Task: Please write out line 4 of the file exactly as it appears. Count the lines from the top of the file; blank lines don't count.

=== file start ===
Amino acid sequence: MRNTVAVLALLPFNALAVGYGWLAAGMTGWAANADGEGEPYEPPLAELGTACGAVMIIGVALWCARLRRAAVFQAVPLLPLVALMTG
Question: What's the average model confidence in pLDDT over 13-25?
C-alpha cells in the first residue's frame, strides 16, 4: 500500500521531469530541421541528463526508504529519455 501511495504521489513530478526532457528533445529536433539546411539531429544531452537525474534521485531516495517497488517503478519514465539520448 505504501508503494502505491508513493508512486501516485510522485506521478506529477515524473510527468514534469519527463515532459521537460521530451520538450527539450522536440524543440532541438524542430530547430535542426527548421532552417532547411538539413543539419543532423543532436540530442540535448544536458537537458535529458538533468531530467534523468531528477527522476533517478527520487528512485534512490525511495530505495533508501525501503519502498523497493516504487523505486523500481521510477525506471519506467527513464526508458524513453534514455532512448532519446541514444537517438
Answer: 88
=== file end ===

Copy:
Answer: 88